World Cup winners have around 600 caps and there’s a reason for that
Japan coach Eddie Jones believes that the arrogance shown by England centre Manu Tuilagi in scoring against the All Blacks should be cause for concern.
The former Wallabies boss was not impressed with the way the explosive Tuilagi casually strolled over the line to dot down against the world champions, and explained that allowing a culture like that to creep in could have negative consequences.
The victory over the All Blacks has been a massive boost for England who are hosting the next World Cup in 2015, but Jones warned that as an inexperienced side they still have a lot of developing to do, and they cannot afford to let a lack of discipline hold them back.
He told the Daily Star: “England are still very young. If they can keep it together and go on and pick up 600-odd caps then they could potentially have a very good team.
“But there were already signs of arrogance at the weekend with their centre [Tuilagi] walking over the line.
“That’s disrespectful to the world champions – and if they don’t control that kind of thing they will not go forward as a team
“You don’t want to see that sort of thing creep into the game because it’s not good for rugby.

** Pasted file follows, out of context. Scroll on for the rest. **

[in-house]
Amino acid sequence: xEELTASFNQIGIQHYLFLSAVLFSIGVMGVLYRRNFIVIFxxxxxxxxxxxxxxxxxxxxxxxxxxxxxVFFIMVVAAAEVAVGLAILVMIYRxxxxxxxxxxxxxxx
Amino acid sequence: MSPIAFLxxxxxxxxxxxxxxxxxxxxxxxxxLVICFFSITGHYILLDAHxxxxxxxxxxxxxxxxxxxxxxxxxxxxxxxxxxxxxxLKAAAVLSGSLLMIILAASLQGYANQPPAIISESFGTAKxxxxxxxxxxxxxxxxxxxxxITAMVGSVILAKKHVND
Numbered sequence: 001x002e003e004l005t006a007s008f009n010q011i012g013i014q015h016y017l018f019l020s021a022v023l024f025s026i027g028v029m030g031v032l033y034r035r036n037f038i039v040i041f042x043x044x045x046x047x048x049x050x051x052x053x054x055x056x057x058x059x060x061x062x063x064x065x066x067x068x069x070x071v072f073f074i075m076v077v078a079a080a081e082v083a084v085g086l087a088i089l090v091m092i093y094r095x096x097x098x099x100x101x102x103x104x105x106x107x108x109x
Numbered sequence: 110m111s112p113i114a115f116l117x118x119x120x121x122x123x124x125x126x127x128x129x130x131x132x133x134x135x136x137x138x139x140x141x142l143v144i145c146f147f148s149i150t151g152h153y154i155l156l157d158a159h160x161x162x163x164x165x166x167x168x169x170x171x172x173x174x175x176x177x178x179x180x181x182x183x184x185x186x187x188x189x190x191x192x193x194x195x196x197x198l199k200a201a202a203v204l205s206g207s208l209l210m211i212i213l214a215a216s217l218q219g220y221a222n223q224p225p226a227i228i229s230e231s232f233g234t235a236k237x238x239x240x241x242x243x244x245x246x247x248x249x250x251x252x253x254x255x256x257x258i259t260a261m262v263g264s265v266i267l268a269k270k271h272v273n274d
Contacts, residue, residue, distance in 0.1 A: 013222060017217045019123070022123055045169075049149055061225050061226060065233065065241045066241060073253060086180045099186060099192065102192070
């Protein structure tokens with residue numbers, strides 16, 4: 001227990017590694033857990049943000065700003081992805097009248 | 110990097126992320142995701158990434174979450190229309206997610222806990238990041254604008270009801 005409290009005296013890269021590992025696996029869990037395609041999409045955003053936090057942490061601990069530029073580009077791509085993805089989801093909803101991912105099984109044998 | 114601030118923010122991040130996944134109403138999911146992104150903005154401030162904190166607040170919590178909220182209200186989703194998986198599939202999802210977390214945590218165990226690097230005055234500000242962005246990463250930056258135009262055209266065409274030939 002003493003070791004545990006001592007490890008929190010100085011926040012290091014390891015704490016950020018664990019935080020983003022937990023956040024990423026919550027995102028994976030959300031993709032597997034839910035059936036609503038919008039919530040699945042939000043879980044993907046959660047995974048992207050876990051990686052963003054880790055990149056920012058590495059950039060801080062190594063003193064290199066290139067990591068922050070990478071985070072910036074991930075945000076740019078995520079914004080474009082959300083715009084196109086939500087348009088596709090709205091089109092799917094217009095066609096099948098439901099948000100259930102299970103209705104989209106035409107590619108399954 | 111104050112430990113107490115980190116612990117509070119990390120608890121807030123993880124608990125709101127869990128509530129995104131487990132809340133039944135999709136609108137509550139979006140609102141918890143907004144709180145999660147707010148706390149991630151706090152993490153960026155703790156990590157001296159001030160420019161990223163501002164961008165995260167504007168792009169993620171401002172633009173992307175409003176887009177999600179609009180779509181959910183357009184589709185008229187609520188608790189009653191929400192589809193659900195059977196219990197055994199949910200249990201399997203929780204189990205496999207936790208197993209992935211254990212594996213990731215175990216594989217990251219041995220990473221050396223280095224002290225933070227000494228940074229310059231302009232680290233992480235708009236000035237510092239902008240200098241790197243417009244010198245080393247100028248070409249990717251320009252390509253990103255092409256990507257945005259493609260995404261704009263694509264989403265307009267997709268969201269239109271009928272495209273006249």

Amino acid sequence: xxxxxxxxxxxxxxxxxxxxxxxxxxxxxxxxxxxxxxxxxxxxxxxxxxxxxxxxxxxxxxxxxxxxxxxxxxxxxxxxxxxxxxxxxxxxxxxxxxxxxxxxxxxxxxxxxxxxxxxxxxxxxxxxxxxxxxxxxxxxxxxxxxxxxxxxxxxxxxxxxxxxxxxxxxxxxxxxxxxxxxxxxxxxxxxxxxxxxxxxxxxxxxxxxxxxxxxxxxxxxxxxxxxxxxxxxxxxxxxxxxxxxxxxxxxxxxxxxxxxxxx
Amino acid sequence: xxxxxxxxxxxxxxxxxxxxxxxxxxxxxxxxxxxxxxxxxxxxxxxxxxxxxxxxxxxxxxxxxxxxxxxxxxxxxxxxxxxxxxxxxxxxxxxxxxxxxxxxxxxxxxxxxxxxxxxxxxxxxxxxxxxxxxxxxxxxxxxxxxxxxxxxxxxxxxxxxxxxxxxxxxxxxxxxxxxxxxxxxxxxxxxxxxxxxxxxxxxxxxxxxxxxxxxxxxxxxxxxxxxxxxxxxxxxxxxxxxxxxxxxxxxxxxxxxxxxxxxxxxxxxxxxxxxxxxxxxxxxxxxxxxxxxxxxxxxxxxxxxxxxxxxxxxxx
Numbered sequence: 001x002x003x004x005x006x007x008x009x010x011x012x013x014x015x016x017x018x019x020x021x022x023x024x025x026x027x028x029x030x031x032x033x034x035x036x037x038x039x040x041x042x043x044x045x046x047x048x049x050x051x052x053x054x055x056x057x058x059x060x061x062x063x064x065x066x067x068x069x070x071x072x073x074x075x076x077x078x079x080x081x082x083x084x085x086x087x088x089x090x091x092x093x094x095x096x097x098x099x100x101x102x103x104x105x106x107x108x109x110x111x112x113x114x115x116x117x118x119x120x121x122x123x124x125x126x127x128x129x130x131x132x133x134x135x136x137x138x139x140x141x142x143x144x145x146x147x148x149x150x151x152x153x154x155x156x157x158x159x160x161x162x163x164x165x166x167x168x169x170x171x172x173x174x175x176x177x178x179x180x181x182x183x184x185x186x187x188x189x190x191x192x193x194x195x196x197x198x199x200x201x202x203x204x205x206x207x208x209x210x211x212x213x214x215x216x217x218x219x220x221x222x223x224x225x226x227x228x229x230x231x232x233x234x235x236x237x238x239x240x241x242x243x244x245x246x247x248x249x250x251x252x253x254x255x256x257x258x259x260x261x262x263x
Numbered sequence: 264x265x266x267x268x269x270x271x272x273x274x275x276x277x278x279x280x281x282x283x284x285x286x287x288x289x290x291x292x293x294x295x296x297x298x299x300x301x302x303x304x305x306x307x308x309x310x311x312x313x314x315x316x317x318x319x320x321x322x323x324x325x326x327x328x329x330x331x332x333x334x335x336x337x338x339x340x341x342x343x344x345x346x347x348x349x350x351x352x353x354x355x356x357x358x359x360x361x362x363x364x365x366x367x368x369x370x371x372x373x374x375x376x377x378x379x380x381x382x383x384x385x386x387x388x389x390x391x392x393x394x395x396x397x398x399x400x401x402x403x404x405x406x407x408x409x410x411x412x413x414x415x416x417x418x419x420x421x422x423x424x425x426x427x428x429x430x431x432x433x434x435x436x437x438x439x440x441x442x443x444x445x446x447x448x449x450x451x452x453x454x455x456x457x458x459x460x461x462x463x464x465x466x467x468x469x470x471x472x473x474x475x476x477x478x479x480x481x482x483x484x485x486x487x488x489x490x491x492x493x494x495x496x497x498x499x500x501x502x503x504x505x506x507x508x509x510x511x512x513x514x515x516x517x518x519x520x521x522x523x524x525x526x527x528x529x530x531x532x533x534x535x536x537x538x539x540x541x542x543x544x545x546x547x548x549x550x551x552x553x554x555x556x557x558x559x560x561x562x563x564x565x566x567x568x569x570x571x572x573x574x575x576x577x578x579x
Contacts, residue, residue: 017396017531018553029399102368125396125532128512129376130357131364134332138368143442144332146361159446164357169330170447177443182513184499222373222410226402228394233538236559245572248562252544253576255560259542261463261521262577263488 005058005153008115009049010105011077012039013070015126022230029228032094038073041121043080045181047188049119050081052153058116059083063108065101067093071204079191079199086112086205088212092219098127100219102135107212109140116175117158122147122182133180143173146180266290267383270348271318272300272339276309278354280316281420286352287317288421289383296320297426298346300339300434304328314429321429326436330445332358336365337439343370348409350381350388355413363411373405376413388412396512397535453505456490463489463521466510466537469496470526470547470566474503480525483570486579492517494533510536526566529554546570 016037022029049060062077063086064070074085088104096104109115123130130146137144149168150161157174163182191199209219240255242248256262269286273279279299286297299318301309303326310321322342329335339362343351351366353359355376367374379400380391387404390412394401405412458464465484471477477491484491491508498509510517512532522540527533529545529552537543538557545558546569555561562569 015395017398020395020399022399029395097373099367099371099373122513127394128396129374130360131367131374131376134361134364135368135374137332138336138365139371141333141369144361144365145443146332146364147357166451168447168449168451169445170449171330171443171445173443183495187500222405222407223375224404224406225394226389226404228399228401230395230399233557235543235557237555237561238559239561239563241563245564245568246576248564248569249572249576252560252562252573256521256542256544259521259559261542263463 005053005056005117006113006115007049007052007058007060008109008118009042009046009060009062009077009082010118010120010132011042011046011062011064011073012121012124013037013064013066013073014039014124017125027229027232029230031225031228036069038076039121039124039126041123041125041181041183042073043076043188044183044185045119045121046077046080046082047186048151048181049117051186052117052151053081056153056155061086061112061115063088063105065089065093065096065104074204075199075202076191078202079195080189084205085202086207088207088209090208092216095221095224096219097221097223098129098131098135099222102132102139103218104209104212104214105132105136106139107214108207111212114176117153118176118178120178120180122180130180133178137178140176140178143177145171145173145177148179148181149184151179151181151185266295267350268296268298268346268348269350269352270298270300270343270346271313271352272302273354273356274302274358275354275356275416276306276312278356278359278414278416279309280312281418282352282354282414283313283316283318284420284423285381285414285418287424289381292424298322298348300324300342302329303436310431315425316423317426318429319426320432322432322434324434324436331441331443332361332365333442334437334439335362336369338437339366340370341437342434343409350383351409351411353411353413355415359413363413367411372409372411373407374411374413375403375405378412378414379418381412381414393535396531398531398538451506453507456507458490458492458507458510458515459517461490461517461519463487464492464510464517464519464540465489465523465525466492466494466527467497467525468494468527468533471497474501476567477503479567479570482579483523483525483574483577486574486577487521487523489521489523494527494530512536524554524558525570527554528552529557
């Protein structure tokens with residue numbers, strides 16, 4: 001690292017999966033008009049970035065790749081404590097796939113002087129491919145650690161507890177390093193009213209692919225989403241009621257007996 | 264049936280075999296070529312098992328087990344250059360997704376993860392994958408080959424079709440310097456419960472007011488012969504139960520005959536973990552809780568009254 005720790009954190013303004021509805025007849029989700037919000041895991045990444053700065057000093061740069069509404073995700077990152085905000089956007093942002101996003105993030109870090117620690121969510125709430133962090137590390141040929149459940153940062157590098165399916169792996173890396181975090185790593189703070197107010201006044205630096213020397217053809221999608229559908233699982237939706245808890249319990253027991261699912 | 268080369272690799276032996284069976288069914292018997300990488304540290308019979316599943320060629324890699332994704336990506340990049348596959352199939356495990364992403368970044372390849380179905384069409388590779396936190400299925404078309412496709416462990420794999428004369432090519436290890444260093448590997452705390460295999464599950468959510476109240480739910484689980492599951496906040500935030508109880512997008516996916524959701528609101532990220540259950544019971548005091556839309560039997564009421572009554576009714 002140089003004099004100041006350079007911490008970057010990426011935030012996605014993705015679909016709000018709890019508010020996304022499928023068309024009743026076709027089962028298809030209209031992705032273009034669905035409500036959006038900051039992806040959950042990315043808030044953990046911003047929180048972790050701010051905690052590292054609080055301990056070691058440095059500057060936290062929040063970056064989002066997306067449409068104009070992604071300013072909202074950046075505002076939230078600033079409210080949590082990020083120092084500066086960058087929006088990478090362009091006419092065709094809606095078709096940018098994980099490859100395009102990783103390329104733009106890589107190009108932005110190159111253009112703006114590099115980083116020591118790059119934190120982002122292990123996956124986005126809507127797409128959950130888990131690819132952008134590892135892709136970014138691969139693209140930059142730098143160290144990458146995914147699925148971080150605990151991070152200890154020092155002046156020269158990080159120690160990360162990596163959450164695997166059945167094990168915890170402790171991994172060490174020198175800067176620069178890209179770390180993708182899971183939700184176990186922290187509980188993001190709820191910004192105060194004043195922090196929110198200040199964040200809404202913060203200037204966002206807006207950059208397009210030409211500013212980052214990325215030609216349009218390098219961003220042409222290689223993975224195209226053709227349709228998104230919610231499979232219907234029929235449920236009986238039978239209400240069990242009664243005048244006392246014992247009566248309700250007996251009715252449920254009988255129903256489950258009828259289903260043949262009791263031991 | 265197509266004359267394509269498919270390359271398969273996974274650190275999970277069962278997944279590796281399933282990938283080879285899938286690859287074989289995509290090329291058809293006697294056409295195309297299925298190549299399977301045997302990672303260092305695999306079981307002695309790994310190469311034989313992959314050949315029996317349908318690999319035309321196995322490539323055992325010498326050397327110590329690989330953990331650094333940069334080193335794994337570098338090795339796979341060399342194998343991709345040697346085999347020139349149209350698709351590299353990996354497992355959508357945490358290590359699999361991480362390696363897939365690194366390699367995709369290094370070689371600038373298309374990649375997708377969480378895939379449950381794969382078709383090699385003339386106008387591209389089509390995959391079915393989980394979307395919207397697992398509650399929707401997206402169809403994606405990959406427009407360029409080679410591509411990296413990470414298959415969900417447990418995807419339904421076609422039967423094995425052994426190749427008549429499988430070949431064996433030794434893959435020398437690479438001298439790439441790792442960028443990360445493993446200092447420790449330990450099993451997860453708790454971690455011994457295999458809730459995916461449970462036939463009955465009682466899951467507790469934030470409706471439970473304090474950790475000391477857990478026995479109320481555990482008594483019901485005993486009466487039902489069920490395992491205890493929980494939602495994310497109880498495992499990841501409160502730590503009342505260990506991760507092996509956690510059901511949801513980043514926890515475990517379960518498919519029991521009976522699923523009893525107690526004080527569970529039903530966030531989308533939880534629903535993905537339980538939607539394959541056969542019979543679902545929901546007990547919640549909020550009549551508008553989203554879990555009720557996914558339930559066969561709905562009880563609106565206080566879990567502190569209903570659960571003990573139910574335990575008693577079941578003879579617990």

“It doesn’t wind up other teams but the game of rugby is about respect – and that’s one thing we simply must keep in the game," he added.
Jones pointed out that the All Blacks would not put up with Tuilagi's showboating, although they have dominated world rugby for an extended period.
“New Zealand have scored numerous points against numerous teams and you never see any of their players do that.
“They run hard and try to get under the posts to make the kick as easy as possible.
“So why didn’t the England boy do that? That’s what the game is about. It’s very important to keep a tight lid on that kind of attitude.
“The only guy I really know in the England management is Andy Farrell and I know he certainly will not tolerate that sort of thing. He’ll be disappointed by what Tuilagi did,” he said.
Jones went on to dismiss the significance of England's victory over the All Blacks, pointing to the world champions' far superior win ratio.
“It’s only one game. The pressure was off and they played without fear.
“They were not expected to beat the world champions.They have won one Test against a top country. How many times have they beaten New Zealand in the last nine years?
“The secret of a very good team is consistency and New Zealand have won 88 per cent of their Tests. England have not done that since 2003 when they had a very good team.
“The big thing now will be the next game and if, when they are expected to win, they can play like that again. That’s the test.
“They have a young team with around 250 caps. It’s all about maturing and they need to get another 300 caps or so of experience, prior to the World Cup coming around.
“World Cup winners have around 600 caps and there’s a reason for that,” he said.